In the elementary grades, students build understandings of biological concepts through direct experience with living things and their habitats. They observe and learn about structures, functions, and behaviors that help organisms survive in their environments. They develop an understanding that some organisms are better suited than others to survive in certain environments. They develop beginning ideas about heredity—that is, that some characteristics are inherited and passed on to offspring. These basic ideas establish a foundation that will lead to a later understanding of natural selection.

Middle School Students

Understanding adaptation is still particularly troublesome at this level. Many students think adaptation means that individuals change in deliberate ways in response to changes in the environment (NRC 1996). At this level, it is important to develop the idea of variations in populations of organisms that may give some individuals an advantage in surviving, reproducing, and passing on those traits to their offspring. Teaching students about the selection of individuals is the first step in helping them understand natural selection as a mechanism for species’ change.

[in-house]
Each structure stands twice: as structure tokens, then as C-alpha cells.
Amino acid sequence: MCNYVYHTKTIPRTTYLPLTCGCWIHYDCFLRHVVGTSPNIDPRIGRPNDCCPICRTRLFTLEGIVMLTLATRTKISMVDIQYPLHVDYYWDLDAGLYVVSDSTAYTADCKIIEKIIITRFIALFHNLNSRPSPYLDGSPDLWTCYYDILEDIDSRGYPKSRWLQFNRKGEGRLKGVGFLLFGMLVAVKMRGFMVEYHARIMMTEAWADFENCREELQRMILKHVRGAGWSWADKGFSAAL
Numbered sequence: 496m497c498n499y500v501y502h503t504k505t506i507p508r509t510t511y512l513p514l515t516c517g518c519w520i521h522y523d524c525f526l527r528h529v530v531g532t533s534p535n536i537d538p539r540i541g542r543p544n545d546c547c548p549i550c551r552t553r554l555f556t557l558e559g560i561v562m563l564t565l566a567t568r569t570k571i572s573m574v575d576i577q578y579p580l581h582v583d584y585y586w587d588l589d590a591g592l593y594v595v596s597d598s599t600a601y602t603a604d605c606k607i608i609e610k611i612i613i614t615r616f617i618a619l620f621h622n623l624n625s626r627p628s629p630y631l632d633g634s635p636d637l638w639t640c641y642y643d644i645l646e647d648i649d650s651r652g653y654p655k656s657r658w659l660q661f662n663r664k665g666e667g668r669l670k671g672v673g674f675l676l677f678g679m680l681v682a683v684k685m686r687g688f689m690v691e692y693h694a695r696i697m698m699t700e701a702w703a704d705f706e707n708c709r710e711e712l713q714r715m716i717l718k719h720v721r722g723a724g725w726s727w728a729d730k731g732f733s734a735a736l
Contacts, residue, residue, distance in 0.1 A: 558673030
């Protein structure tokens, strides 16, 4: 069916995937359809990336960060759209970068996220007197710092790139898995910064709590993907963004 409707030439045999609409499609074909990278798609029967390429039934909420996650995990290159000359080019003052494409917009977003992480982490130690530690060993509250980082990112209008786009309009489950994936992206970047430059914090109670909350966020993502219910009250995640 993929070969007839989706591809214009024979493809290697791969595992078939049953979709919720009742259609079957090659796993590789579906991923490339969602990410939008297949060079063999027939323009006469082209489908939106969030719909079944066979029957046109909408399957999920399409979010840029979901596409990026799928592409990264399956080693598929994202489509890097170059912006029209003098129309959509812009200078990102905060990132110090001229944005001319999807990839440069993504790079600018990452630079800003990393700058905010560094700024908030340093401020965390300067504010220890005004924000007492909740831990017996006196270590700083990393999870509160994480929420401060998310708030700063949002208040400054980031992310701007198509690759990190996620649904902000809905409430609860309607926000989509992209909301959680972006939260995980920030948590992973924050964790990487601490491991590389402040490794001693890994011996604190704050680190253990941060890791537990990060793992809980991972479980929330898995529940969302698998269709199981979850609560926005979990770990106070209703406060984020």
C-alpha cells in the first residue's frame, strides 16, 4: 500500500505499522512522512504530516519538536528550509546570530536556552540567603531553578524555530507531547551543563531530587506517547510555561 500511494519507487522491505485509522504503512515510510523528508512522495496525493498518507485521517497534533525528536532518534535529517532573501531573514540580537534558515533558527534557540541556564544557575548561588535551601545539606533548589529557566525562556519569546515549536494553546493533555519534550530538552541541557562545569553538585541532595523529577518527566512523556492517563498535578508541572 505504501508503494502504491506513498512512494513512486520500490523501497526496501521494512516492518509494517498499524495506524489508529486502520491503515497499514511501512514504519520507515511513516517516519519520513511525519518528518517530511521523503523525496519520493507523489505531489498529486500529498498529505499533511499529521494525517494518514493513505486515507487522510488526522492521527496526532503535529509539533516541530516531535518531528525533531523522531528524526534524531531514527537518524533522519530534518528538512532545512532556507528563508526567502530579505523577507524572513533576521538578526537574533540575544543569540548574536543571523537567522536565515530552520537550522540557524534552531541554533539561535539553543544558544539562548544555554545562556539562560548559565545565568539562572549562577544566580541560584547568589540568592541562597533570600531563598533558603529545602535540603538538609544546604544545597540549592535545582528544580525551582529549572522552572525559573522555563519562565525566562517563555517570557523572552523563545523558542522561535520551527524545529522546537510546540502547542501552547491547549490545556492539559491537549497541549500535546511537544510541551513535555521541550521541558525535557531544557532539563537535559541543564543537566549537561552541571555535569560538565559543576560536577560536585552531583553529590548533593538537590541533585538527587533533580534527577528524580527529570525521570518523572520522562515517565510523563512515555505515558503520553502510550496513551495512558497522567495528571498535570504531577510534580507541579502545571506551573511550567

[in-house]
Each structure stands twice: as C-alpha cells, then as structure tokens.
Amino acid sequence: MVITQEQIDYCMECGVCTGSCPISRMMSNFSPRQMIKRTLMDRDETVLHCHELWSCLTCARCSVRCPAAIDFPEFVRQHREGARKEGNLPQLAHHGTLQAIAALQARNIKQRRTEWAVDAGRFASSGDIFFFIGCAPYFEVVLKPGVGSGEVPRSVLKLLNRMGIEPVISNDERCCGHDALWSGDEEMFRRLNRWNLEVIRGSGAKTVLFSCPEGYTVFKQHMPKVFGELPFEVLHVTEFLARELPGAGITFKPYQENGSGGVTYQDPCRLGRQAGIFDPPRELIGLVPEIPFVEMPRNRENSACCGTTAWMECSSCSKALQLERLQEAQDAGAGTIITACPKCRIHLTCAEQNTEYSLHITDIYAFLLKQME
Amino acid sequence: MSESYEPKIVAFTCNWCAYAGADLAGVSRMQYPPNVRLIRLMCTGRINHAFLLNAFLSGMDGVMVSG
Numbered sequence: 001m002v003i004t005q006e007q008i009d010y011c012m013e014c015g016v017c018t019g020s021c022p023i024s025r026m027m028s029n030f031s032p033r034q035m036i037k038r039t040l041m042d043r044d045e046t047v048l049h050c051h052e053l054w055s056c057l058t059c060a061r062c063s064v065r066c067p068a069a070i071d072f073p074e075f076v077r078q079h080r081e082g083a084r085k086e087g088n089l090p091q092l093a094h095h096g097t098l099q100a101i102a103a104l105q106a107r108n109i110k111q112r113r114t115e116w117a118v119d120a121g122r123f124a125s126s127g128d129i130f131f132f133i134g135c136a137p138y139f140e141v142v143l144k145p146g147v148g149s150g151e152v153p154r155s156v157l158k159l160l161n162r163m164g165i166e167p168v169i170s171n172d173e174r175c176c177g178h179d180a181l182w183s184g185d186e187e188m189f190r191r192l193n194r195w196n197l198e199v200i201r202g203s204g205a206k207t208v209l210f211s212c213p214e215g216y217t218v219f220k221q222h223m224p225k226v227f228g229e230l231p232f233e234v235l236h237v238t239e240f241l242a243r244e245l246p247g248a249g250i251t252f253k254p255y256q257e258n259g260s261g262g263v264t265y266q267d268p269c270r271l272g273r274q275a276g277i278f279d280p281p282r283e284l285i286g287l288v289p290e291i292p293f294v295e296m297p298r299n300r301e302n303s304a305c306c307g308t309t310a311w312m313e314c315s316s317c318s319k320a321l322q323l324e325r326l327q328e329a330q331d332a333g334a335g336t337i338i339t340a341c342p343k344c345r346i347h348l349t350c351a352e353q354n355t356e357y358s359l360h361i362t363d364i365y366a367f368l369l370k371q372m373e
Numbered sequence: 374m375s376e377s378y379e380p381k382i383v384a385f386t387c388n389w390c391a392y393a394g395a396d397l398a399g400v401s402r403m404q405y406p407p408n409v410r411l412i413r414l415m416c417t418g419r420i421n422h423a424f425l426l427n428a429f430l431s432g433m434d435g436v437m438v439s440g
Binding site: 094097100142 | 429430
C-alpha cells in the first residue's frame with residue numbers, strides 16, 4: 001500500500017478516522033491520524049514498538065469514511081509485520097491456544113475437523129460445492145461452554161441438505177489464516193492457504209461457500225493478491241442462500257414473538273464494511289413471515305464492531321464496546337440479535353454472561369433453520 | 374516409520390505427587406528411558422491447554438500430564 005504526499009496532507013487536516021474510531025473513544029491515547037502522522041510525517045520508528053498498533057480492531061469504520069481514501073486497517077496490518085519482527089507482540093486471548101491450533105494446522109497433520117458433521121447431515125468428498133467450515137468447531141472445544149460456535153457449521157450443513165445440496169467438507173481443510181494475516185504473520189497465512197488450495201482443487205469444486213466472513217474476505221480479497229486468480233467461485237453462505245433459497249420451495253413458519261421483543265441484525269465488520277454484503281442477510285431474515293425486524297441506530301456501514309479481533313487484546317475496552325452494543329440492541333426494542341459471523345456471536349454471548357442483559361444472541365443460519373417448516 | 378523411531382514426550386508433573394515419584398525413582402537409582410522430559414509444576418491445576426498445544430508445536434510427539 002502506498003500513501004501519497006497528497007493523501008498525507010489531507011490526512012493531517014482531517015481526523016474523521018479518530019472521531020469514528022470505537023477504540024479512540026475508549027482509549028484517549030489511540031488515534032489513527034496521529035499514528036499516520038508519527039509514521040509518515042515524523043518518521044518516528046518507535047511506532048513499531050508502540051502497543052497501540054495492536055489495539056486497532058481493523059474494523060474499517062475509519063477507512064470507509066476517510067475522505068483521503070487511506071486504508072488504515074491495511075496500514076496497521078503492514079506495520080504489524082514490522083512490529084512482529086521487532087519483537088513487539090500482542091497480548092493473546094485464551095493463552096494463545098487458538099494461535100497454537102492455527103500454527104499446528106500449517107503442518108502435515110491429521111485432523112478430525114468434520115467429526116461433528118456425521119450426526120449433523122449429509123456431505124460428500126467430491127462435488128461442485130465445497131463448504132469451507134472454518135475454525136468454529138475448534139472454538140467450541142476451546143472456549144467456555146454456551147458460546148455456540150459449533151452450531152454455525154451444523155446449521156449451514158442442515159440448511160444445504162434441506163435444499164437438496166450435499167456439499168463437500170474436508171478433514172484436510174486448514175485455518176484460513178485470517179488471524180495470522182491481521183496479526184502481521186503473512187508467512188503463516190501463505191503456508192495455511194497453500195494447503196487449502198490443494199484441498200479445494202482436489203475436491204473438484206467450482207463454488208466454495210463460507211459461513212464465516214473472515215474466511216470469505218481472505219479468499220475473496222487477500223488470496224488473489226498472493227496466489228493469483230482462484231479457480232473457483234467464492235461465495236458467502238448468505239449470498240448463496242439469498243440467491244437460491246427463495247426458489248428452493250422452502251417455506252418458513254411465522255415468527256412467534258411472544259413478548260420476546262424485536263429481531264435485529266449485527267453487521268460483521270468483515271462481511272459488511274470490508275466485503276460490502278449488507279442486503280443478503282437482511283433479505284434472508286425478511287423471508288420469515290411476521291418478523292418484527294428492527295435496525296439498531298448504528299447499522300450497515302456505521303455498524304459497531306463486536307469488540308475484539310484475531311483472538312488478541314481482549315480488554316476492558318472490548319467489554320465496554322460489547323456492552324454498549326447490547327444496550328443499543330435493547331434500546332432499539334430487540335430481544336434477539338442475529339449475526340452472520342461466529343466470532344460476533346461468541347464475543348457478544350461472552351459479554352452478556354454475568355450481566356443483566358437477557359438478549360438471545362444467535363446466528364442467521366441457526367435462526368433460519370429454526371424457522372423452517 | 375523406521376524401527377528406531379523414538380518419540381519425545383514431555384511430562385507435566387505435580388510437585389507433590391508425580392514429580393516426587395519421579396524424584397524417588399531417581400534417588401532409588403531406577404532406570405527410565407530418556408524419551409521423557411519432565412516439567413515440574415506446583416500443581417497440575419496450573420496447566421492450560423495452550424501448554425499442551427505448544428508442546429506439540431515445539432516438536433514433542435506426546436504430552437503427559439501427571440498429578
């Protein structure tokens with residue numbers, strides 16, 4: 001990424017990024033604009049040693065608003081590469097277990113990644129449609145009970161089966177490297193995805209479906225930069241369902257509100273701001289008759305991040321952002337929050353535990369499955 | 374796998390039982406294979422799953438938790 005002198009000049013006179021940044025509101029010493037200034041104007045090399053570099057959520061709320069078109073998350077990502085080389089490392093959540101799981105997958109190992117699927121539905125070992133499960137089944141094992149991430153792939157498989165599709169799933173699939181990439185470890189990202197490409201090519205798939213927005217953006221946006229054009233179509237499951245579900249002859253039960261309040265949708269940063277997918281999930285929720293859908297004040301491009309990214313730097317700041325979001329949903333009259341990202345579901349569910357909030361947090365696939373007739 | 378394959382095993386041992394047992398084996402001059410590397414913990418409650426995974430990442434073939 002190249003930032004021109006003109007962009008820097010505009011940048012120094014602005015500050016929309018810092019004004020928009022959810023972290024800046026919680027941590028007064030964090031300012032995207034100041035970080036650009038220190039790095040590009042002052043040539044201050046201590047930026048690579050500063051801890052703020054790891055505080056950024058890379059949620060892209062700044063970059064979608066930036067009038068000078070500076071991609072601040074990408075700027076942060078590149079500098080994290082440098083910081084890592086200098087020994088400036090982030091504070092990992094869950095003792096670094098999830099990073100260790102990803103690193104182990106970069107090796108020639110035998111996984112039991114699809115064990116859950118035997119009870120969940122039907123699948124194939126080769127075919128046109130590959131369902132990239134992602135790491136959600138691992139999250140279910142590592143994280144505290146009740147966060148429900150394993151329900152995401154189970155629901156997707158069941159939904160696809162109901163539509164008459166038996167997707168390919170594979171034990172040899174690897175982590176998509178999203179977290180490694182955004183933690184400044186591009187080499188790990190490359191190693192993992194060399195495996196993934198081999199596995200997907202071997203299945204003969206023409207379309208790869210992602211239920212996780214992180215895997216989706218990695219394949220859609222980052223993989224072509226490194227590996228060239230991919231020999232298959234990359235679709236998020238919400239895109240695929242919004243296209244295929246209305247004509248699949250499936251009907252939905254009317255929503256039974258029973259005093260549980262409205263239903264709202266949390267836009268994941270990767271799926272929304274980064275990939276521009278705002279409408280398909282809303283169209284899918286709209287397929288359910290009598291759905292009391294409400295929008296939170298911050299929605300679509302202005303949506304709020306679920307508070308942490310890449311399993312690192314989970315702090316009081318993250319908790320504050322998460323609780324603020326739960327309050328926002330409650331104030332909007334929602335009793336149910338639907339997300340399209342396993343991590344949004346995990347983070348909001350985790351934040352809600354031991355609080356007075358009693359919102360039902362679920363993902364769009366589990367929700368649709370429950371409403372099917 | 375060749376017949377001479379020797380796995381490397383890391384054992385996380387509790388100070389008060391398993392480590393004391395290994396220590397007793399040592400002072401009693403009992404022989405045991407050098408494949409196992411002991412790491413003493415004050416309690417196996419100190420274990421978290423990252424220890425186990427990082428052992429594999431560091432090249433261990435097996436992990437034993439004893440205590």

High School Students

Biological evolution and its mechanism, natural selection, are major focuses of high school biology. At the high school level, students shift from a focus on selection of individuals with certain traits that help them survive to a focus on the changing proportion of such traits in a population of organisms. Their growing understanding of genetics builds on middle school ideas about variation. However, students at this level may still hold on to the misconception that adaptations can be controlled by an individual.

Administering the Probe

Make sure students understand the probe is a hypothetical situation and that there is a drastic change in the environment when the rabbits move from the southern climate to the northern climate. This change also involves more than just temperature. There may be changes in food, shelter, and predators as well. You might consider having students describe each of the environments first. Feel free to change the context of the probe to an animal and two different environments with which your students are most familiar.

Related Ideas in National Science Education Standards (NRC 1996)

K–4 The Characteristics of Organisms

  • Organisms have basic needs. Organisms can survive only in environments in which their needs can be met. Each plant or animal has different structures that serve different functions in growth, survival, and reproduction.